Monday, July 12, 2010
This is one of those classics you just can't live without! But if you have the time, go the made from sratch route and you will get the most amazing banana pudding dessert EVER.
That's what I set out to do. In a moment of total forgetfulness, I did not cream the butter with the sugar. I dont know exactly what was on my mind but I totally disregarded everything I know. I was in a fog, perhaps thinking about the end result and not what I was doing. This is what happens with graham crackers when you forget to cream the butter with the sugar and added it in later.
Not pretty- tasty, but not pretty.
I got my wits about me and I figured out what to do with my failure. I mashed those grahams into parfait glasses and added some of this amazingly good vanilla custard and bananas of course. Then the final touch- whipped cream and toffee bits- voila, some good, creamy pudding that no one had any trouble eating.
Failure turned to success. As one of the spammers on this blog said, "failure is the mother of success." I know, wisdom comes from the weirdest places sometimes.
Vanilla Pastry Cream
adapted from, The Sono Baking Company Cookbook
by John Barricelli
4 large egg yolks
1/2 cup sugar
1/4 cup cornstarch
2 cups milk
1/4 teaspoon salt
1/2 vanilla bean pod and seeds (pods scraped and put aside)
3 tablespoons cold unsalted butter
In a medium bowl, whisk together the egg yolks, half of the sugar, the cornstarch and 1/2 cup of the milk. Set aside.
In a saucepan, combine the remaining sugar, the remaining milk, vanilla bean pod and the salt. Bring to a boil. Ladle the hot mixture very slowly into the egg mixture, whisking constantly so you don't cook the egg. Once you have mixed about two ladles full, you can pour the remaining mixture into the bowl, whisk to combine. Pour back into sauce pan and return to the heat. Bring to a boil, making sure the pastry filling thickens. It may look clumpy. If large clumps begin to form take off the heat and whisk briskly. The mixture will smooth out.
Add the three tablespoons of butter to the pastry cream, whisking until fully incorporated. Stir in the vanilla seeds.
Pour into a glass bowl and lay plastic wrap over top to prevent a skin from forming.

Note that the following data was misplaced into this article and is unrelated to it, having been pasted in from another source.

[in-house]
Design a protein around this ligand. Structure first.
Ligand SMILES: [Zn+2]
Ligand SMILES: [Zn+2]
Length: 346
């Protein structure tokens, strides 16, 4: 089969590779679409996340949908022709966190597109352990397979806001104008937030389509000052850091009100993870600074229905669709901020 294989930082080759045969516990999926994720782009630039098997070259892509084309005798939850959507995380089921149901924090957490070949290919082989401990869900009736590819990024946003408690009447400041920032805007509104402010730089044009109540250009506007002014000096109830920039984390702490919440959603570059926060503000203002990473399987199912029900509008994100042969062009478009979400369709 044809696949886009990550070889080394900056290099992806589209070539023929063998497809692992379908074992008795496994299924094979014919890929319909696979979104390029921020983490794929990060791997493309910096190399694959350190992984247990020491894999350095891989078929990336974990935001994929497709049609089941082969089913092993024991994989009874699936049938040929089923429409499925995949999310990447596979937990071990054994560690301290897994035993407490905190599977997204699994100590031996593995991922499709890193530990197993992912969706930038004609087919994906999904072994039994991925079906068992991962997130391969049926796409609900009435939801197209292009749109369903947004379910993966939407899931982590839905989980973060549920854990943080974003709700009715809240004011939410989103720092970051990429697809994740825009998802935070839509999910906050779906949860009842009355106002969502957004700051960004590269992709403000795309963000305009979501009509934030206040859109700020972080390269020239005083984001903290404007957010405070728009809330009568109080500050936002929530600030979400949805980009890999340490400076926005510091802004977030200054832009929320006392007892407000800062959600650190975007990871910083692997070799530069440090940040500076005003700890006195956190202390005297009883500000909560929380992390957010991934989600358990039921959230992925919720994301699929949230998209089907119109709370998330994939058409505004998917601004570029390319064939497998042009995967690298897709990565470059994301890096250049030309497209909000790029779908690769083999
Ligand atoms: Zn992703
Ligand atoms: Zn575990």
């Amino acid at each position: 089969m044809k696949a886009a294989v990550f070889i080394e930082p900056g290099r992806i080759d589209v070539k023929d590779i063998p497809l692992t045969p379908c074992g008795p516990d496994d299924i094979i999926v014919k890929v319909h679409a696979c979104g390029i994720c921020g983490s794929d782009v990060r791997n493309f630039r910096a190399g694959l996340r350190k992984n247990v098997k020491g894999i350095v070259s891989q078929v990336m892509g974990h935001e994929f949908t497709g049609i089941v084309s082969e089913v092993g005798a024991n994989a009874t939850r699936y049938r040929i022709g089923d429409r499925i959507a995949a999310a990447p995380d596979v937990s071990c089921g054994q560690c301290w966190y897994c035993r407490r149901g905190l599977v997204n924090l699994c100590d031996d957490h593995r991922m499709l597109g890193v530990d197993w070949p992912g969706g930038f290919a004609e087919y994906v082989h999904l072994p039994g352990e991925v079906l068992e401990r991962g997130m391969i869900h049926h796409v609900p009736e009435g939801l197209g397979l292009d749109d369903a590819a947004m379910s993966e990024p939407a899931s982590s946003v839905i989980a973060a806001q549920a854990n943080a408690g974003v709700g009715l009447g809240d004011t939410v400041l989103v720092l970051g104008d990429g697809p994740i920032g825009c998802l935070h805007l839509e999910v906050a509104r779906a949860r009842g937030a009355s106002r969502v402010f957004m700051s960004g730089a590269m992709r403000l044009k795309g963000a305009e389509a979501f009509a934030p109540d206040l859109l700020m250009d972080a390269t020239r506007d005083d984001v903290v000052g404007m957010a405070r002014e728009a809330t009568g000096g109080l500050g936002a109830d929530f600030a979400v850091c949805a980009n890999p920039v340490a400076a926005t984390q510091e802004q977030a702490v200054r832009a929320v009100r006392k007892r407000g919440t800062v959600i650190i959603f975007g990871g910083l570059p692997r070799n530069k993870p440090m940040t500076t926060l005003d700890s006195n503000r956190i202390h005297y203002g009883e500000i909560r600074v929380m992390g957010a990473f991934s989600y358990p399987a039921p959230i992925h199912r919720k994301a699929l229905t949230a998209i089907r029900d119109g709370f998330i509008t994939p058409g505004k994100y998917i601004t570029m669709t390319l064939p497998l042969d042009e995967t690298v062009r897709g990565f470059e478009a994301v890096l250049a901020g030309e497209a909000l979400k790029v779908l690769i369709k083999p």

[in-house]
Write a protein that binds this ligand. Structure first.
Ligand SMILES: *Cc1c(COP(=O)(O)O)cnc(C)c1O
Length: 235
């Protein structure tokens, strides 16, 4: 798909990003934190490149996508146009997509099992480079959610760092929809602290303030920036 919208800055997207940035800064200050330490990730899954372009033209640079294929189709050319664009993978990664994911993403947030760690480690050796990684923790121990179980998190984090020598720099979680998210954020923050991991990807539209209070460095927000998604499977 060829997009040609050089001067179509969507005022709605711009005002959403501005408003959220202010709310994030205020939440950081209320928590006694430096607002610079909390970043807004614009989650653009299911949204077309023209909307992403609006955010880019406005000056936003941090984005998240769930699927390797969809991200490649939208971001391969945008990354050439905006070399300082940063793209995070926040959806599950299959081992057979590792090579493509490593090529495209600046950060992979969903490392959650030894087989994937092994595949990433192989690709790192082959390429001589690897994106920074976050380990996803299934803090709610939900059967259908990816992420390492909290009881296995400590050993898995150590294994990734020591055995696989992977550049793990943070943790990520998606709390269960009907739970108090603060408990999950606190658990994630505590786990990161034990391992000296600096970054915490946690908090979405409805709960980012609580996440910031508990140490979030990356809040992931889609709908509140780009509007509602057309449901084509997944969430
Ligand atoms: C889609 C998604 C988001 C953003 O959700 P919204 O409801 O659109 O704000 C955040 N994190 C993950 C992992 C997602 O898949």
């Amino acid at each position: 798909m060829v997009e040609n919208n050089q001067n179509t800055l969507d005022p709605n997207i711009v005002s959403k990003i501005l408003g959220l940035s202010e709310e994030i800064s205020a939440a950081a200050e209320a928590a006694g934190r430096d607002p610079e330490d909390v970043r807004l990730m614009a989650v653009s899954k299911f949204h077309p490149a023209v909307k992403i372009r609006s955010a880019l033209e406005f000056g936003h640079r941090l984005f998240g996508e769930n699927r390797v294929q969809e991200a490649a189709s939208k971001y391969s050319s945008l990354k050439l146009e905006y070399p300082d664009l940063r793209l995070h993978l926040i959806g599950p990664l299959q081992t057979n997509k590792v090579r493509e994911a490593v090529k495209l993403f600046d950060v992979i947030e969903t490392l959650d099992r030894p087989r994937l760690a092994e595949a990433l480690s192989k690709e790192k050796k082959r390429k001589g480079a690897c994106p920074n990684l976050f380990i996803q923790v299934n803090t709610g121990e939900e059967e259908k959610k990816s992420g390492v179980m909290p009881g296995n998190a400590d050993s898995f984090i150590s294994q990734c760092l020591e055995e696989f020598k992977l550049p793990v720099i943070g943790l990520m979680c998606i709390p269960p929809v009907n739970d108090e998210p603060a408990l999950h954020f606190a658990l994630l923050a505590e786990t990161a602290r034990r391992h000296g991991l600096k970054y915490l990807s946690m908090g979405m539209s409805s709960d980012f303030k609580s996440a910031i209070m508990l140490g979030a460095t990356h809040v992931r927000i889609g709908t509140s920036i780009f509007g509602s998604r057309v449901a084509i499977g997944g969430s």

This recipe is adapted from the Daring Bakers Nanaimo Challenge
2 ½ cups plus 2 tbsp of all-purpose wheat flour (I used whole wheat pastry flour)
1 cup brown sugar, lightly packed
1 teaspoon baking soda
3/4 teaspoon kosher salt
7 tablespoons unsalted butter (Cut into 1-inch cubes and frozen)
1/3 cup honey, mild-flavoured such as clover.
5 tablespoons whole milk
2 tablespoons vanilla extract
1. In the bowl of a food processor fitted with a steel blade, combine the flour, brown sugar, baking soda, and salt. Pulse on low to incorporate. Add the butter and pulse on and off, until the mixture is the consistency of a coarse meal. If making by hand, combine aforementioned dry ingredients with a whisk, then cut in butter until you have a coarse meal. No chunks of butter should be visible.
2. In a small bowl or liquid measuring cup, whisk together the honey, milk and vanilla. Add to the flour mixture until the dough barely comes together. It will be very soft and sticky.
3. Turn the dough onto a surface well-floured with sweet rice flour and pat the dough into a rectangle about 1 inch thick. Wrap in plastic and chill until firm, about 2 hours, or overnight.
4. Divide the dough in half and return one half to the refrigerator. Sift an even layer of flour onto the work surface and roll the dough into a long rectangle, about 1/8 inch thick. The dough will be quite sticky, so flour as necessary. Cut into 4 by 4 inch squares. Gather the scraps together and set aside. Place wafers on one or two parchment-lined baking sheets. Chill until firm, about 30 to 45 minutes. Repeat with the second batch of dough.
5. Adjust the rack to the upper and lower positions and preheat oven to 350 degrees Fahrenheit (180 degrees Celsius).
6. Gather the scraps together into a ball, chill until firm, and reroll. Dust the surface with more sweet rice flour and roll out the dough to get a couple more wafers.
7. Prick the wafers with toothpick or fork, not all the way through, in two or more rows.
8. Bake for 15 - 25 minutes, until browned and slightly firm to the touch, rotating sheets halfway through to ensure even baking. Might take less, and the starting location of each sheet may determine its required time. The ones that started on the bottom browned faster.
9. When cooled completely, place enough wafers in food processor to make 1 ¼ cups of crumbs. Another way to do this is to place in a large ziplock bag, force all air out and smash with a rolling pin until wafers are crumbs.